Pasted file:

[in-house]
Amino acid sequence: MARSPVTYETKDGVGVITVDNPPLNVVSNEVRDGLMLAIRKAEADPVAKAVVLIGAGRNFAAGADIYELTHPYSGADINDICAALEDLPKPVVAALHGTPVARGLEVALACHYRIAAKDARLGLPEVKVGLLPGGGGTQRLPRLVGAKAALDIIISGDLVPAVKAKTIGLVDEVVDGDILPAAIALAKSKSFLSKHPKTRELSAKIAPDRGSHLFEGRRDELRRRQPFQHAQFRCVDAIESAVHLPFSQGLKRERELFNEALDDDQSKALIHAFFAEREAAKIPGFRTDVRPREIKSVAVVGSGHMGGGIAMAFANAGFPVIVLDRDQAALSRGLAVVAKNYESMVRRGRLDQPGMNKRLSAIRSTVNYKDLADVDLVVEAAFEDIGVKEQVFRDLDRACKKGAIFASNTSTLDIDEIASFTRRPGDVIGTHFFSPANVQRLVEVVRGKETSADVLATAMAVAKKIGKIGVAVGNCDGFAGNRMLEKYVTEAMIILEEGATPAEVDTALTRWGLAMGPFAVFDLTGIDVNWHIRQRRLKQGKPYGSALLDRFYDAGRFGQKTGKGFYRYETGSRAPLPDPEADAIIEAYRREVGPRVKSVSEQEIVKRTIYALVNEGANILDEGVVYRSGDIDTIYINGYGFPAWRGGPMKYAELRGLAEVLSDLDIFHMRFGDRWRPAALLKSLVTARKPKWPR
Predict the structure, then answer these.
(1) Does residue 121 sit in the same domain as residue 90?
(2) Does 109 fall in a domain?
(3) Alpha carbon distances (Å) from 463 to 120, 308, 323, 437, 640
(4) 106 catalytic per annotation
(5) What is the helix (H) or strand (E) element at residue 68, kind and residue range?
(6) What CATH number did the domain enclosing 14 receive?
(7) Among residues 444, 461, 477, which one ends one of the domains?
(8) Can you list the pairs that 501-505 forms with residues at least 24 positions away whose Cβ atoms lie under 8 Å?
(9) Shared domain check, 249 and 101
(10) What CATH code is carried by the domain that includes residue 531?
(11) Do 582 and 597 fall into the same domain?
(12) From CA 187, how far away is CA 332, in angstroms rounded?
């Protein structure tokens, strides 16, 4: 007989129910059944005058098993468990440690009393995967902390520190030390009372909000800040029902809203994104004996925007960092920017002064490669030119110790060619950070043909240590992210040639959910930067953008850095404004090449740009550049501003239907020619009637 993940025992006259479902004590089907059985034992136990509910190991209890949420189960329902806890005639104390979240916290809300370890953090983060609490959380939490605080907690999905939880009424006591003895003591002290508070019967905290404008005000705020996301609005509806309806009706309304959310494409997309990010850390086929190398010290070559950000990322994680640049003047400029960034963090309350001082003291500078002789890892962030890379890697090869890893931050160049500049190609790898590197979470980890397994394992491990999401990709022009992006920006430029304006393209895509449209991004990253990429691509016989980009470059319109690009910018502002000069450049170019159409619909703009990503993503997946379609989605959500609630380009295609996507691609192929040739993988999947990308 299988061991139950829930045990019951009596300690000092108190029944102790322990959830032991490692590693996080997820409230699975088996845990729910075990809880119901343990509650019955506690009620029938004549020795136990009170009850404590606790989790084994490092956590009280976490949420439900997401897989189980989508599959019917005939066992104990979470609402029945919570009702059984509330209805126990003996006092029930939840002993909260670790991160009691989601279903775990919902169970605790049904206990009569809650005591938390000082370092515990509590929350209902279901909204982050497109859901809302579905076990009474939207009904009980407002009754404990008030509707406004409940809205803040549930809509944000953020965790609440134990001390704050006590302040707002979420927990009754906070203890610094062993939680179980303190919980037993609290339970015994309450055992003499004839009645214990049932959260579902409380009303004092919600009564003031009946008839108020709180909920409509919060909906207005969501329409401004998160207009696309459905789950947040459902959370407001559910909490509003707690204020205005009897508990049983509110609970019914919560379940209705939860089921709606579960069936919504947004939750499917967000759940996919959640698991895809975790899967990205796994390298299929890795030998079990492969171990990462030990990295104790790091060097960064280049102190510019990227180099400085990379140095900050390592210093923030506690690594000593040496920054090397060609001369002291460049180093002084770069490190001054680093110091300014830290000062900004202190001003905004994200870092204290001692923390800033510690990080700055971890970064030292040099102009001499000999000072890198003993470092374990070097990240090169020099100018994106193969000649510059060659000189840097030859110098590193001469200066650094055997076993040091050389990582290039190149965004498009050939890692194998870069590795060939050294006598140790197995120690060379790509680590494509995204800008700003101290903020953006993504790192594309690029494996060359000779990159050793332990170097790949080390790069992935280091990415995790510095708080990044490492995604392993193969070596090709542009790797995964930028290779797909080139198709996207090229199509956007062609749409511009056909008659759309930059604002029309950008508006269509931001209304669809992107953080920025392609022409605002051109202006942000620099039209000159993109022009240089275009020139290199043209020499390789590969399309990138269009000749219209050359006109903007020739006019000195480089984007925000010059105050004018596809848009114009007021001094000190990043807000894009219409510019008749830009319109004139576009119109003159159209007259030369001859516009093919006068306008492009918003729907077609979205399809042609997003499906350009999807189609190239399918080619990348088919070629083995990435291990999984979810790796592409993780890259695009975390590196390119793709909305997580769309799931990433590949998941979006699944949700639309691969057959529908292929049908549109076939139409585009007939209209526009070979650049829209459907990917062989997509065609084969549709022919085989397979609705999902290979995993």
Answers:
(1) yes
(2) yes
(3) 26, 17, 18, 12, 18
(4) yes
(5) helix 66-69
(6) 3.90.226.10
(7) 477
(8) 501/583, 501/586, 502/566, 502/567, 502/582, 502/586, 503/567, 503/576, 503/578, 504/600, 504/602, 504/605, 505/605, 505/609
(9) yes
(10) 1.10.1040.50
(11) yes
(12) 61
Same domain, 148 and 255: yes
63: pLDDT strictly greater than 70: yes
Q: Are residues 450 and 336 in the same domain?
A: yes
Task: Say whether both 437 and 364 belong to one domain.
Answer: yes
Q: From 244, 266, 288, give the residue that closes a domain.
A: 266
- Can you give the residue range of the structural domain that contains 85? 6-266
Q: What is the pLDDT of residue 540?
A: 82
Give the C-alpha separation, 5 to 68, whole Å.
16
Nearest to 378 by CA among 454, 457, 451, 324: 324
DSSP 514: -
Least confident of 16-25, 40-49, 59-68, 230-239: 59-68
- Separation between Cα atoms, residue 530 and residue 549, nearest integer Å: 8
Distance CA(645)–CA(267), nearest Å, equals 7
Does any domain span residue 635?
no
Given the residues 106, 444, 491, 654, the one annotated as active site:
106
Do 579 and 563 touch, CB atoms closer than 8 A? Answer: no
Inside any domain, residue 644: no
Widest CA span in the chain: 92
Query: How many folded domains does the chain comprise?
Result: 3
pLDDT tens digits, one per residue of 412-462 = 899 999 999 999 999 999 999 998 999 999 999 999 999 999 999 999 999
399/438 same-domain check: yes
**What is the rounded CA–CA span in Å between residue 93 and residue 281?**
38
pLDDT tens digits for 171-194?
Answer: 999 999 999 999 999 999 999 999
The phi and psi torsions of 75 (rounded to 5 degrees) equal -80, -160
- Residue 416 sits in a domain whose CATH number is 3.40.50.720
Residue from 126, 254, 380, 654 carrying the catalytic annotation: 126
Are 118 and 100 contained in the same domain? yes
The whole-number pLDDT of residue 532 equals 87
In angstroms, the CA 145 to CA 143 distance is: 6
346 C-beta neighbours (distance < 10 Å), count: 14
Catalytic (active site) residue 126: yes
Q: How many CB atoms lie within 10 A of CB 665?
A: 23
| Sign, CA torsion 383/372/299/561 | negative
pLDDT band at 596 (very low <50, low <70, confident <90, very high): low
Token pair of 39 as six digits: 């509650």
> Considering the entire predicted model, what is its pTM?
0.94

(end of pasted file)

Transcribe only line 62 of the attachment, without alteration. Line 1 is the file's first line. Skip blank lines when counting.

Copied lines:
Answer: 999 999 999 999 999 999 999 999